Something similar probably applies to Lourensford. I wrote a few years back about the image this potentially great estate (part of the original, 17th century Vergelegen) had given itself with by poor initial planning (and winemaking), and then a whole lot of incoherence as it chopped and changed ranges. Improvements in viticulture (including removing swathes of ill-considered vineyards) and in the cellar, especially after Hannes Nel took charge around eight years back, and just as thankfully in the marketing, have meant that things seem to be settling down – and settling down well. The last-introduced new range, The Dome, has a particularly good reputation for its quality:price ratio.

The release now of the tiny-volume trio of Kleipot wines is not going to cause confusion and should add to Lourensford’s prestige. Hannes Nel is clearly enthusiastic about the wines – with the terra cotta pots, he says “the key I needed to unlock the potential of my soils”. The Chardonnay I mentioned above pleased me most. It opened in the glass to full, though subtle aromatic and flavour complexity – with flowers, hints of pineapple from its ripeness (14% alcohol), green apple. A fine texture, with enlivening acidity, the grip aided by a small (3%) whole berry component. Very finely structured, and the stony precision that clay maturation gives.  I think it stands alongside the richer examples near the top of local chards; at R460 per bottle not badly priced (all three of these wines, some 400 bottles of each, are available primarily from the estate).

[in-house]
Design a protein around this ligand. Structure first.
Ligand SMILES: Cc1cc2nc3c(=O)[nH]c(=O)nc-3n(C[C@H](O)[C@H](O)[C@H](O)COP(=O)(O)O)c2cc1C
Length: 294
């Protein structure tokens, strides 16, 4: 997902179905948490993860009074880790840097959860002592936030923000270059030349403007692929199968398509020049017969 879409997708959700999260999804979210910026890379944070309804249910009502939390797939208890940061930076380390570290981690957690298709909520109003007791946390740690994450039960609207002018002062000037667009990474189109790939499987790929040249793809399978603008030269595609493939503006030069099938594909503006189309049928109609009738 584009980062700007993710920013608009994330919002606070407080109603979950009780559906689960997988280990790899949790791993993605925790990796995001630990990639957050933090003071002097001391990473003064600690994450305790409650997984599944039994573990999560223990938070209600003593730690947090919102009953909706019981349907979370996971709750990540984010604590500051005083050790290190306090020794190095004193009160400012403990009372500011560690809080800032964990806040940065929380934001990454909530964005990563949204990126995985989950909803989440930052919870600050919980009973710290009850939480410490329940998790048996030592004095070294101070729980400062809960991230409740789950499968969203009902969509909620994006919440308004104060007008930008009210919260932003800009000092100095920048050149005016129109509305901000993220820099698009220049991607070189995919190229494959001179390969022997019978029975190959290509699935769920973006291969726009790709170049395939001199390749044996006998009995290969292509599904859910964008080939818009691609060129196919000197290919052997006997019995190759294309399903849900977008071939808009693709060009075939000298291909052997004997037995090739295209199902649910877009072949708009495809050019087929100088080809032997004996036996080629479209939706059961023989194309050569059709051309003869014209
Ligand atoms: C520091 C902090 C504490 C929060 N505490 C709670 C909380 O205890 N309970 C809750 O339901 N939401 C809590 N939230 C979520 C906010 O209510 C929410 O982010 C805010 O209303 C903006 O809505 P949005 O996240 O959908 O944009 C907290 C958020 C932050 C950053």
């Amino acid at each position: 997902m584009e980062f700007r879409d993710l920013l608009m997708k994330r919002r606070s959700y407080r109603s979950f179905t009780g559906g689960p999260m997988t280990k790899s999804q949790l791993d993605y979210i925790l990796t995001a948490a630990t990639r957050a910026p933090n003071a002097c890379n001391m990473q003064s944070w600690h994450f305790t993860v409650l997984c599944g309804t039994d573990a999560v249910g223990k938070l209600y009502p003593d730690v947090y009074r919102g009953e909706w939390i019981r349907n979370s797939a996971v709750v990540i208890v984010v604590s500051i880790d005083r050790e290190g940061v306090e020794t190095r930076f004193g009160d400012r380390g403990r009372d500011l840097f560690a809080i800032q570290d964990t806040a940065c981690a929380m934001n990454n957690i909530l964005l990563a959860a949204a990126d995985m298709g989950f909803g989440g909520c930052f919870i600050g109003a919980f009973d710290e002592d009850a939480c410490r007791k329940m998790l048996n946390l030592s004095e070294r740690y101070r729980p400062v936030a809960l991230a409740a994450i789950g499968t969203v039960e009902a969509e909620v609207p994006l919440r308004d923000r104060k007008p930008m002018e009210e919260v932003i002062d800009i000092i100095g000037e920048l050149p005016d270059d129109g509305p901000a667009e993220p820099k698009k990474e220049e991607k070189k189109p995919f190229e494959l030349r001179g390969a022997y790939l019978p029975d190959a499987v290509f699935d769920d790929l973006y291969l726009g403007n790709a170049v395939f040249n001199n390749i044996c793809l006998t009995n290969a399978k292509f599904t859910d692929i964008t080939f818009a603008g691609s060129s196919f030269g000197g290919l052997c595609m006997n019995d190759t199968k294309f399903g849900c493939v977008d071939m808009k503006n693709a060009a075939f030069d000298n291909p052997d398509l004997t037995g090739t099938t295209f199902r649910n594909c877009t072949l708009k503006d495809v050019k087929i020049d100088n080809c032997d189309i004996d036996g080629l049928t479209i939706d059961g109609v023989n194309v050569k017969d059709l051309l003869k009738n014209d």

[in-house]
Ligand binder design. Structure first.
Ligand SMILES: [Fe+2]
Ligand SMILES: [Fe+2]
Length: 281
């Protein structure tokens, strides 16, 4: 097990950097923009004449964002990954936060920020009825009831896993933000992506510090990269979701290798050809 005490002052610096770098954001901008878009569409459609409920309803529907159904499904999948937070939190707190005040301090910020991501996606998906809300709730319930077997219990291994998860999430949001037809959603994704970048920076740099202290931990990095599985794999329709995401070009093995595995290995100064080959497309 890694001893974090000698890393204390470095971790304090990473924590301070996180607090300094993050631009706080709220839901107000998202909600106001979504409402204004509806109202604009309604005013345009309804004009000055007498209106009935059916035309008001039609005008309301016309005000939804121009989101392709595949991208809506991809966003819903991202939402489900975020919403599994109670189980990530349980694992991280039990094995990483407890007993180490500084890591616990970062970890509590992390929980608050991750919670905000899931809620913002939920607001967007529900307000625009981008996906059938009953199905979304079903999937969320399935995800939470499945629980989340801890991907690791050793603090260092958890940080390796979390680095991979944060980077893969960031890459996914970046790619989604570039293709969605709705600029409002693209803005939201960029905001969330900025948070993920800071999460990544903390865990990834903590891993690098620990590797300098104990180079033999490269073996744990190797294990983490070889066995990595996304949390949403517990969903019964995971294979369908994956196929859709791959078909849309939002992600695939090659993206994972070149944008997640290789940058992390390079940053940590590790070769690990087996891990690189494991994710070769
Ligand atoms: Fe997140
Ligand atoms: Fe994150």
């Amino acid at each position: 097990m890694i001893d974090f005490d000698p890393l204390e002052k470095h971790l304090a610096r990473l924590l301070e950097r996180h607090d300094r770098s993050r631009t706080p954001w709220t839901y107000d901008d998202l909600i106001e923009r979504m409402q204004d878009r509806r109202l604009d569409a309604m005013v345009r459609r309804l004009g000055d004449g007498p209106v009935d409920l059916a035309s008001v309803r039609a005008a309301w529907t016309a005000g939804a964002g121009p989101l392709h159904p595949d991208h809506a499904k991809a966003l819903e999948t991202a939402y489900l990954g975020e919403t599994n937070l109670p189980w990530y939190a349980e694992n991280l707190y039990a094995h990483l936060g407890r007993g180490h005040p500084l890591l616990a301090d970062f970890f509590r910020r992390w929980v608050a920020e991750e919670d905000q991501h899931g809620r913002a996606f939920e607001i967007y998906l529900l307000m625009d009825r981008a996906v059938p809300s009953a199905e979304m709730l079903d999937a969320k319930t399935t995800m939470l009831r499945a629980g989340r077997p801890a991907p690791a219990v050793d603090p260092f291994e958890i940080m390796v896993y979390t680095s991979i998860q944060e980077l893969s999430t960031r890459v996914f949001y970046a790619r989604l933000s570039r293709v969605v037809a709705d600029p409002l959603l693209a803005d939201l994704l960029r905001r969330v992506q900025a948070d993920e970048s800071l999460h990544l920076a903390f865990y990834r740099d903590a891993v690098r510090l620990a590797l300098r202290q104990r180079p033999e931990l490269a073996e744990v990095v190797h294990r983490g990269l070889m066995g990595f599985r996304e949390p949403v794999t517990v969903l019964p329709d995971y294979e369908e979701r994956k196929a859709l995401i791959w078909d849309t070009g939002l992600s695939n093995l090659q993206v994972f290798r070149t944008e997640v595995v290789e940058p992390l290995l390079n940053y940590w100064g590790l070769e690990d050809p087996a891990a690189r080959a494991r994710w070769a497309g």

The other two were made entirely from whole bunches crammed into the pots, which were then sealed, leaving the berries to undergo intracellular fermentation (carbonic maceration); after ferment, there was one foot stomp, and the skins and stalks were removed; bottling from the pots after another ten months or so. The Roussanne 2019 has a splendid element of lightly tannic austerity to it resulting from the skin/stalk contact, as well as the pure fruitiness that is encouraged by this sort of winemaking – floral, stonefruit, pickled lemon and lemon verbena – complementing that mineral precision. Beautifully dry and elegant; another fine white at the same price as the Chardonnay.